Asia » India » Rajasthan » Jaipur - 15 March 2017
15.03.2017 - 15.03.2017 30 °C
Wednesday was yet another glorious sunny day. I love this weather and I'm definitely not looking forward to returning to grey skies and rain in England in just a days’ time.
Making the most of the hours left, I started preparing my luggage for the journey home, then went back to the optician with Rajshri's younger brother Monty to collect my smart new specs. Monty had been such a great help to me during my stay, available at a moment's notice whenever I needed assistance and acting as interpreter and driver with such warmth and friendship.
In the afternoon, I was collected by my other former Facebook friends Girdhar and his son Yashoraj, both very keen photographers and wildlife lovers whom I'd met on my visit to Jaipur in 2016. Today was to be another journey of discovery in their affable company – Jhalana Forest.
The Jhalana area is an extensive nature reserve spread over 33 sq. km. east of Jaipur city, just half-an-hour’s drive from my hotel. It's said to hold more than a dozen leopards, as well as a wide variety of other wildlife and birds. Formerly a public recreational area, it has only recently become a designated wildlife reserve (or a 'safari park' as it's become known) with limited and chargeable entry. There are currently three prescribed routes in the forest with scope for more as demand increases. There's also a temple within the reserve, which means that, somewhat disconcertingly, there are often people wandering along the paths while you drive past in search of leopards that have been known to seek shade on the temple steps!
I was forewarned that there was unlikely to be much chance of a leopard sighting in the increasing heat of this time of year. The best possibility might be at what Yashoraj referred to as 'high-ISO time' - a reference to sundown being the optimum time to see them and the need to adjust camera exposure settings to compensate for the consequent poor light.
This is another of the places to which Lajpal’s father-in-law, Dashrath, has privileged access. For unknown reasons, related perhaps to a rather confused leopard being seen a few days ago close to nearby houses and shops, the general public weren’t currently permitted to take their vehicles on ‘safaris’ inside the protected area. Girdhar and Yashoraj are well-known to the reserve's senior officers and we may not have needed special entry permission, but Dashrath had made arrangements through the Minister's office to guarantee access to the area for us all. He came along too, accompanied by the Minister’s personal manager for good measure.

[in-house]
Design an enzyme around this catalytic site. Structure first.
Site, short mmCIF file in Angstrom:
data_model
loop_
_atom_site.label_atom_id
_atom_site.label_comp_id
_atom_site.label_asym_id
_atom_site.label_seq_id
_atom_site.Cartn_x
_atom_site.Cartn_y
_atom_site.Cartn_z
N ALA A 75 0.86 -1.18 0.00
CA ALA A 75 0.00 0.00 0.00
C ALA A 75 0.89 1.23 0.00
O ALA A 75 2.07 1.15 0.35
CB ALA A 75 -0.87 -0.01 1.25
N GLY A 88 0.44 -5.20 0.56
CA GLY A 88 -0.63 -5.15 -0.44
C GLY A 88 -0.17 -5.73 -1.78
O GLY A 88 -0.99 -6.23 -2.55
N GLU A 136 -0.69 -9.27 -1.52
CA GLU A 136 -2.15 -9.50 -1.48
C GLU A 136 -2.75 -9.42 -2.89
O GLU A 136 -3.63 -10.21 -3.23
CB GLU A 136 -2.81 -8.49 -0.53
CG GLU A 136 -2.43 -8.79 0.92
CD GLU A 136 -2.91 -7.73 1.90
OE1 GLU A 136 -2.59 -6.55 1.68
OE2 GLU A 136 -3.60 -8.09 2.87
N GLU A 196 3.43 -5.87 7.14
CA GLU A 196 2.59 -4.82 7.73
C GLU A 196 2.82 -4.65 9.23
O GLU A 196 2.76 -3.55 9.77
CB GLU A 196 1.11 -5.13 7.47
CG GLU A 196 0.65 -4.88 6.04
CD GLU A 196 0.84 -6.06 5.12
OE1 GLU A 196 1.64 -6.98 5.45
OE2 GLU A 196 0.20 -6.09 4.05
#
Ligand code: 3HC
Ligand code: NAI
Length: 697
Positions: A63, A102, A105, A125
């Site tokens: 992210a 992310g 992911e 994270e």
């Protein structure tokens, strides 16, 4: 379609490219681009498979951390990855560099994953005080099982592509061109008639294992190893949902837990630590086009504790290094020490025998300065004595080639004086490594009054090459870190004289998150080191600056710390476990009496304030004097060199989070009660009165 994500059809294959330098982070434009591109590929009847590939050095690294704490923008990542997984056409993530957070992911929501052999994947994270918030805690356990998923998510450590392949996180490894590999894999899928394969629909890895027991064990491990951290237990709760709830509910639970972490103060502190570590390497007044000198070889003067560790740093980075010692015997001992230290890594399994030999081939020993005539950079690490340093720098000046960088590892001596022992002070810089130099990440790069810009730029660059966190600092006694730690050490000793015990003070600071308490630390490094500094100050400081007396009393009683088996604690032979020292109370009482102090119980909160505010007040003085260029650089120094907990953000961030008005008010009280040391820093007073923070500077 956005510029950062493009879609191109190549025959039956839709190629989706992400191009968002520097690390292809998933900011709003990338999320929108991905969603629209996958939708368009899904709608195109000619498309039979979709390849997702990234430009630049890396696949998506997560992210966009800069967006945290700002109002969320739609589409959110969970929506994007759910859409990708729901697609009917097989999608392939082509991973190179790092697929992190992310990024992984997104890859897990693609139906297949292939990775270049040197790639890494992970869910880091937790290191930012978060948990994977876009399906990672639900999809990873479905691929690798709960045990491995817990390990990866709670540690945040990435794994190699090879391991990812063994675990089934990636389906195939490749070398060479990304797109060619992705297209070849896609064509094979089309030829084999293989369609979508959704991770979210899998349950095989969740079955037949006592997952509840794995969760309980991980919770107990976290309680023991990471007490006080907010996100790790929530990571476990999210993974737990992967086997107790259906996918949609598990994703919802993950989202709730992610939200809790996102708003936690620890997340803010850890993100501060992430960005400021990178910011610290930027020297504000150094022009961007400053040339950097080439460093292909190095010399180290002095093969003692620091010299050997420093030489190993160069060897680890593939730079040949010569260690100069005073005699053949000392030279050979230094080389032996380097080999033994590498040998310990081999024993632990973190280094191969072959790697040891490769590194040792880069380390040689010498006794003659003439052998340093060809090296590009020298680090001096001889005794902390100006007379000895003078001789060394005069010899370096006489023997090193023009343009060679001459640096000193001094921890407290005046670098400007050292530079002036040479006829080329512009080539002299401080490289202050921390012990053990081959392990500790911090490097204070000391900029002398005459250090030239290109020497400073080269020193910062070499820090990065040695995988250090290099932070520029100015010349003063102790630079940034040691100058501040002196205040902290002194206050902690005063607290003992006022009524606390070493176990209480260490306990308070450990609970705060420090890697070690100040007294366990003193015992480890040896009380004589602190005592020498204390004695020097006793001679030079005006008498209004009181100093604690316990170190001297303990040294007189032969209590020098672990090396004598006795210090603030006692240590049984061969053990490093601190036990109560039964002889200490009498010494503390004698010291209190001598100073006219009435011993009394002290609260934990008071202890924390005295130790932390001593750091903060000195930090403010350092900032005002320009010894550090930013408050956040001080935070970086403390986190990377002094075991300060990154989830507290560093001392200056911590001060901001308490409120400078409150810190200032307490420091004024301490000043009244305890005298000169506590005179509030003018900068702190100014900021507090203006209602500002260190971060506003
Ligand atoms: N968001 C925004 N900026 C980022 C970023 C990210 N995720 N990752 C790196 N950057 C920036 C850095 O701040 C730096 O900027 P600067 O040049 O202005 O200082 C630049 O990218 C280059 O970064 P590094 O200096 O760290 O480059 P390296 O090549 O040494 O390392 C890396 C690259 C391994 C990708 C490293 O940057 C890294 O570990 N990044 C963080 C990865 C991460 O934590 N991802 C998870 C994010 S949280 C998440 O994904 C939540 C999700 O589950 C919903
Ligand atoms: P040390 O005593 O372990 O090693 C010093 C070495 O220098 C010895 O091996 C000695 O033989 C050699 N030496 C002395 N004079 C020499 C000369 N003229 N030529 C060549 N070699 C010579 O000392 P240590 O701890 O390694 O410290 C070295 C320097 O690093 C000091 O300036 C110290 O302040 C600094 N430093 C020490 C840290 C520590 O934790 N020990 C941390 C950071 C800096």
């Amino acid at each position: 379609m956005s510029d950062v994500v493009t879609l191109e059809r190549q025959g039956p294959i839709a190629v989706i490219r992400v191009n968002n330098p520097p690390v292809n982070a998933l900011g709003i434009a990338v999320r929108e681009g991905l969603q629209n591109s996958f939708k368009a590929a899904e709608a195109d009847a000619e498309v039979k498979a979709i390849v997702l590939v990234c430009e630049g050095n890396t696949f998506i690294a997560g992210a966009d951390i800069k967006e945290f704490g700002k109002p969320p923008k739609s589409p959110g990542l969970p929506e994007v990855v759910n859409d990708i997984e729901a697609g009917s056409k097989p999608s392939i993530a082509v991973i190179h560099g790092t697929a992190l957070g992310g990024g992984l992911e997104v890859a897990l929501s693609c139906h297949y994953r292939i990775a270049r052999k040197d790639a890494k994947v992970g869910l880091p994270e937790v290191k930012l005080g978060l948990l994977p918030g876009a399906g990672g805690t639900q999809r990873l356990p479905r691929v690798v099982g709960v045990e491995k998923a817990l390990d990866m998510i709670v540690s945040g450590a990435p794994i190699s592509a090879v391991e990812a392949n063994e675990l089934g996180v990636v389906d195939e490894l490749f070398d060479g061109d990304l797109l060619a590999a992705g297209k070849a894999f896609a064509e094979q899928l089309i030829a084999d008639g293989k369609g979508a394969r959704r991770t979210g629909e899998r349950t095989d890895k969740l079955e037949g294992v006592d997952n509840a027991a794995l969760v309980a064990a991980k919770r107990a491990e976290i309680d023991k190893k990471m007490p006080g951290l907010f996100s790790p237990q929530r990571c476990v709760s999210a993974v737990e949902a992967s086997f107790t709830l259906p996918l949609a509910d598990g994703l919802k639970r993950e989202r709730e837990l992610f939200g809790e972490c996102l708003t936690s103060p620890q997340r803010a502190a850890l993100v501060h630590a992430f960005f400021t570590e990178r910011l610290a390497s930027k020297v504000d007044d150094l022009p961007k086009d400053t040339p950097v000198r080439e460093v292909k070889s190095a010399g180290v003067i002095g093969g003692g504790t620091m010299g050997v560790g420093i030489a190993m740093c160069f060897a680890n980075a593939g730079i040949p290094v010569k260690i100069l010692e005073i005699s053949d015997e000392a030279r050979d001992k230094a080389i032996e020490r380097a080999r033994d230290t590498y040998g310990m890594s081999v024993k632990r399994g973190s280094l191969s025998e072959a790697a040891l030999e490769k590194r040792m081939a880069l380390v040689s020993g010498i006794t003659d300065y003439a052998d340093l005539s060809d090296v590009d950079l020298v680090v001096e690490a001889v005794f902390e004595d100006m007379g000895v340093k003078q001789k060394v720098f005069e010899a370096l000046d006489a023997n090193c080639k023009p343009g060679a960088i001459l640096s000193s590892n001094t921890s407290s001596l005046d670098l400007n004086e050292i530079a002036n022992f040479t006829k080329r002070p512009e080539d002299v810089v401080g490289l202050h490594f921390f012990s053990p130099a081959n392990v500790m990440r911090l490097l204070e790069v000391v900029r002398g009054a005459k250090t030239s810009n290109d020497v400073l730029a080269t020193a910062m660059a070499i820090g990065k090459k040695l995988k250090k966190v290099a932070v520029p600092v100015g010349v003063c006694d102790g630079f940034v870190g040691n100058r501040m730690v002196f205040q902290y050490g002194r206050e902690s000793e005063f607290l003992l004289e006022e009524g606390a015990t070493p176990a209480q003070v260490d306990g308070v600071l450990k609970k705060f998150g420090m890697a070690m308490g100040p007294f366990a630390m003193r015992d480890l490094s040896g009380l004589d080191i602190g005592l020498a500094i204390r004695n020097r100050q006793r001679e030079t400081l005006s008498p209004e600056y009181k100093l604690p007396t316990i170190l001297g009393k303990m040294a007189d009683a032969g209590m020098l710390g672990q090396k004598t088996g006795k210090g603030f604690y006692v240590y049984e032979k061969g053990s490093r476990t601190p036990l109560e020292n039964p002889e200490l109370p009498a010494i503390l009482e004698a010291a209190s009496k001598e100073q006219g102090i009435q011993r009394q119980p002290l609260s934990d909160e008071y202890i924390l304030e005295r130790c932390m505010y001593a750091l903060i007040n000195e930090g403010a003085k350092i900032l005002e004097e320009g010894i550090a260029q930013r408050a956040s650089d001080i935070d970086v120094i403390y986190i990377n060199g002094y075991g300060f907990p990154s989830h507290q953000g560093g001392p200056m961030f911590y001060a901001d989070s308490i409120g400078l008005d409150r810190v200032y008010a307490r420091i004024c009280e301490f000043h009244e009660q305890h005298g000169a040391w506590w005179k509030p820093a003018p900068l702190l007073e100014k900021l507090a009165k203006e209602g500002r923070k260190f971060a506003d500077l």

It was still mid-afternoon and very hot when we arrived at the reserve's entry point. After enjoying masala chai served by one of the officers, we all piled into an official jeep complete with Ranger and another wildlife officer and off we went at a steady slow pace around the sandy and stony tracks inside the reserve.
We were extremely fortunate to spot our goal, a leopard, after only a short while – a male, concealed beneath bushes about a hundred metres away. At first reluctant to make an appearance, he eventually moved off, crouching low among long grass before sauntering off into the distance watched by a small flock of nervous Indian Peafowl.
It was a good (but far from great) sighting. It was still early on this hot afternoon and, in any case, the leopard is one of the most secretive of all wild cats, so difficult to see at the best of times.
Although we were delighted to see numerous Nilgai antelope - ideal food for leopards, a Mongoose or two and a Eurasian Sparrowhawk bathing in a waterhole, we drew a blank on the next few circuits as far as leopards were concerned.
We took a break while the temperature subsided, stopping for tea and biscuits on the flat roof of an ancient, deserted hilltop fort, complete with tables and chairs – very civilised (and not something anyone could do without being in the company of the reserve's boss!).